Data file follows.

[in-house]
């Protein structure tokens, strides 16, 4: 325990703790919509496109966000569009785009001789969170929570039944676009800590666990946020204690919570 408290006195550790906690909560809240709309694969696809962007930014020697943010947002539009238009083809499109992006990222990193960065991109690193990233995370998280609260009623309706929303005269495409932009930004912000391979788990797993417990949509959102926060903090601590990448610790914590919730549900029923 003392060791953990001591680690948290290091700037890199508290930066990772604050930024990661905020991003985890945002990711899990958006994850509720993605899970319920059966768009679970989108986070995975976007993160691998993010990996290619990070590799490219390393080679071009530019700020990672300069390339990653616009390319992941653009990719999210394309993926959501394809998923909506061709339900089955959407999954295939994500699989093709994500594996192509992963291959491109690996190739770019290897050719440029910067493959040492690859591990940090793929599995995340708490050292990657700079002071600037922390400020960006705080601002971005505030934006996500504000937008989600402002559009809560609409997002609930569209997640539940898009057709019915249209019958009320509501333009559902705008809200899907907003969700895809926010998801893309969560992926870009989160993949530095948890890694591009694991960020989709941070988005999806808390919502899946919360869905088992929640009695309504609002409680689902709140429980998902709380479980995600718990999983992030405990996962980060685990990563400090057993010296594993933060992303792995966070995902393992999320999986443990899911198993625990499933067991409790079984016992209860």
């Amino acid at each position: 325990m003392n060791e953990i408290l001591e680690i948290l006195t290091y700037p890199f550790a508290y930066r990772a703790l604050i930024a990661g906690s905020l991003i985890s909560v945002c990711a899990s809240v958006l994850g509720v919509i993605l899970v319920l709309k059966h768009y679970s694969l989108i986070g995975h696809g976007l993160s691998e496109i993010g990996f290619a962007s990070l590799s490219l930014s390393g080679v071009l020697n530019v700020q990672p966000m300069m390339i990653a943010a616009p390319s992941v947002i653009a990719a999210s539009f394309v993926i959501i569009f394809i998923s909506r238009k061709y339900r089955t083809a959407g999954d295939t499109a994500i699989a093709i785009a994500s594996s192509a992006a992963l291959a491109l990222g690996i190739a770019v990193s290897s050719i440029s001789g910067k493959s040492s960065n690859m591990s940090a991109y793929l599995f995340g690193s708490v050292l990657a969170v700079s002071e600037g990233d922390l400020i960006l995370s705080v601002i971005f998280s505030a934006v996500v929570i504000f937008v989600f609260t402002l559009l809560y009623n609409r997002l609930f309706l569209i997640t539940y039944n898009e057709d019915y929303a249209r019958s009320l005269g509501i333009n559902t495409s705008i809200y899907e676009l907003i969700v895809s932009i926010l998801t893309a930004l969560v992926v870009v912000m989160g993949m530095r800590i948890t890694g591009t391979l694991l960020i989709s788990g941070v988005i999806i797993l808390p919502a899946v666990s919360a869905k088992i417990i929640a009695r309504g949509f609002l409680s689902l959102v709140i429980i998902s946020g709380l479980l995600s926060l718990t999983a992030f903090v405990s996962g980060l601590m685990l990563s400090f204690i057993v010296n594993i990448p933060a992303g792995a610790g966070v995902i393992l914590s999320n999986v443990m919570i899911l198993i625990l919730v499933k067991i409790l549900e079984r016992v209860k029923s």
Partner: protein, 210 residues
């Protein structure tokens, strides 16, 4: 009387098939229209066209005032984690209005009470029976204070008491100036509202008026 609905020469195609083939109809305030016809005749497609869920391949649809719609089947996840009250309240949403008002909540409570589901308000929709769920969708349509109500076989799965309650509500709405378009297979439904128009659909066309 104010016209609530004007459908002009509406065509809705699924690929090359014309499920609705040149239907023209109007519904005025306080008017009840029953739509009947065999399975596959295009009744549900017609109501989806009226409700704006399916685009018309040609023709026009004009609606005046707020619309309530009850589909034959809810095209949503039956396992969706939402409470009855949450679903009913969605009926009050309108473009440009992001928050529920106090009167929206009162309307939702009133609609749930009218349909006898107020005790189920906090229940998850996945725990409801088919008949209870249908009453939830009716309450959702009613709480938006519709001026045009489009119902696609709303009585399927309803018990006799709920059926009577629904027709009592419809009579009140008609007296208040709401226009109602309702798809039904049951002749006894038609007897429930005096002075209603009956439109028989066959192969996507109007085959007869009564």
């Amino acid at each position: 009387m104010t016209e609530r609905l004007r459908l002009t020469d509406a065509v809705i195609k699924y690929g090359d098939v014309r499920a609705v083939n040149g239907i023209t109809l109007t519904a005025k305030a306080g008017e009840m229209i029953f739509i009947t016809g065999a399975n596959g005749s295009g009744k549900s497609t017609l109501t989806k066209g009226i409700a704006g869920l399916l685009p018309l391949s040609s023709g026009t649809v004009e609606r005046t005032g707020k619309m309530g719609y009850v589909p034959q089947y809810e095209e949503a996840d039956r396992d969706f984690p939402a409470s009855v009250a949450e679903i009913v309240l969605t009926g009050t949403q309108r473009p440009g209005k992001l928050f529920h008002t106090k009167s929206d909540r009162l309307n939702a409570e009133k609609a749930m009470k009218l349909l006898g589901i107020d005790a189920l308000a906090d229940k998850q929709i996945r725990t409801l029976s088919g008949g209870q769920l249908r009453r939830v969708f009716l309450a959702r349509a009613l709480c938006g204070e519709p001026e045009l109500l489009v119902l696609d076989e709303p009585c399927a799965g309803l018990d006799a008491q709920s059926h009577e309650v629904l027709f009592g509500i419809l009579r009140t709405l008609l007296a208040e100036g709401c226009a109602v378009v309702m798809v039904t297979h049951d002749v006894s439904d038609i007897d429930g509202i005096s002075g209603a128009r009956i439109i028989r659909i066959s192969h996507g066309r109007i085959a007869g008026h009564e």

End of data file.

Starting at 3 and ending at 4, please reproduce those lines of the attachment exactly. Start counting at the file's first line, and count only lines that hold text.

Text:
């Amino acid at each position: 325990m003392n060791e953990i408290l001591e680690i948290l006195t290091y700037p890199f550790a508290y930066r990772a703790l604050i930024a990661g906690s905020l991003i985890s909560v945002c990711a899990s809240v958006l994850g509720v919509i993605l899970v319920l709309k059966h768009y679970s694969l989108i986070g995975h696809g976007l993160s691998e496109i993010g990996f290619a962007s990070l590799s490219l930014s390393g080679v071009l020697n530019v700020q990672p966000m300069m390339i990653a943010a616009p390319s992941v947002i653009a990719a999210s539009f394309v993926i959501i569009f394809i998923s909506r238009k061709y339900r089955t083809a959407g999954d295939t499109a994500i699989a093709i785009a994500s594996s192509a992006a992963l291959a491109l990222g690996i190739a770019v990193s290897s050719i440029s001789g910067k493959s040492s960065n690859m591990s940090a991109y793929l599995f995340g690193s708490v050292l990657a969170v700079s002071e600037g990233d922390l400020i960006l995370s705080v601002i971005f998280s505030a934006v996500v929570i504000f937008v989600f609260t402002l559009l809560y009623n609409r997002l609930f309706l569209i997640t539940y039944n898009e057709d019915y929303a249209r019958s009320l005269g509501i333009n559902t495409s705008i809200y899907e676009l907003i969700v895809s932009i926010l998801t893309a930004l969560v992926v870009v912000m989160g993949m530095r800590i948890t890694g591009t391979l694991l960020i989709s788990g941070v988005i999806i797993l808390p919502a899946v666990s919360a869905k088992i417990i929640a009695r309504g949509f609002l409680s689902l959102v709140i429980i998902s946020g709380l479980l995600s926060l718990t999983a992030f903090v405990s996962g980060l601590m685990l990563s400090f204690i057993v010296n594993i990448p933060a992303g792995a610790g966070v995902i393992l914590s999320n999986v443990m919570i899911l198993i625990l919730v499933k067991i409790l549900e079984r016992v209860k029923s």
Partner: protein, 210 residues